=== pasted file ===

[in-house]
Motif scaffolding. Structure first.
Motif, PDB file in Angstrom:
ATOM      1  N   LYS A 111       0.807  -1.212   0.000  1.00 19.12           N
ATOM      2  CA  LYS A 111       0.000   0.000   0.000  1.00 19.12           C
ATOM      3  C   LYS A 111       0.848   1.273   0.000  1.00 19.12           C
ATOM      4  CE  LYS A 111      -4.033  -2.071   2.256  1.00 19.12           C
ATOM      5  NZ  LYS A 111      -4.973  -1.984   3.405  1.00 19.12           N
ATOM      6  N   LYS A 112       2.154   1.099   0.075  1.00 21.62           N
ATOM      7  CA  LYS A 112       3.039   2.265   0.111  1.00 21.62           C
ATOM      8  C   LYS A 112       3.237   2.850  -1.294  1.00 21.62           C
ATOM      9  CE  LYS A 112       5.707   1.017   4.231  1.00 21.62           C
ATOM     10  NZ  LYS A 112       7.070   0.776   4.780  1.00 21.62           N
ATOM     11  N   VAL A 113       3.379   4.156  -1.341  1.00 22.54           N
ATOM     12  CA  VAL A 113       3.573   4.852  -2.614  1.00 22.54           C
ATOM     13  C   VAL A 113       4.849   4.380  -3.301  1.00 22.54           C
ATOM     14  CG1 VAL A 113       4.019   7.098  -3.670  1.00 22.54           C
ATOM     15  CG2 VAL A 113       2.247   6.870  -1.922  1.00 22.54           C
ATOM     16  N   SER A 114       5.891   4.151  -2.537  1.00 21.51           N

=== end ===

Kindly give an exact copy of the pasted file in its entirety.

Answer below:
[in-house]
Motif scaffolding. Structure first.
Motif, PDB file in Angstrom:
ATOM      1  N   LYS A 111       0.807  -1.212   0.000  1.00 19.12           N
ATOM      2  CA  LYS A 111       0.000   0.000   0.000  1.00 19.12           C
ATOM      3  C   LYS A 111       0.848   1.273   0.000  1.00 19.12           C
ATOM      4  CE  LYS A 111      -4.033  -2.071   2.256  1.00 19.12           C
ATOM      5  NZ  LYS A 111      -4.973  -1.984   3.405  1.00 19.12           N
ATOM      6  N   LYS A 112       2.154   1.099   0.075  1.00 21.62           N
ATOM      7  CA  LYS A 112       3.039   2.265   0.111  1.00 21.62           C
ATOM      8  C   LYS A 112       3.237   2.850  -1.294  1.00 21.62           C
ATOM      9  CE  LYS A 112       5.707   1.017   4.231  1.00 21.62           C
ATOM     10  NZ  LYS A 112       7.070   0.776   4.780  1.00 21.62           N
ATOM     11  N   VAL A 113       3.379   4.156  -1.341  1.00 22.54           N
ATOM     12  CA  VAL A 113       3.573   4.852  -2.614  1.00 22.54           C
ATOM     13  C   VAL A 113       4.849   4.380  -3.301  1.00 22.54           C
ATOM     14  CG1 VAL A 113       4.019   7.098  -3.670  1.00 22.54           C
ATOM     15  CG2 VAL A 113       2.247   6.870  -1.922  1.00 22.54           C
ATOM     16  N   SER A 114       5.891   4.151  -2.537  1.00 21.51           N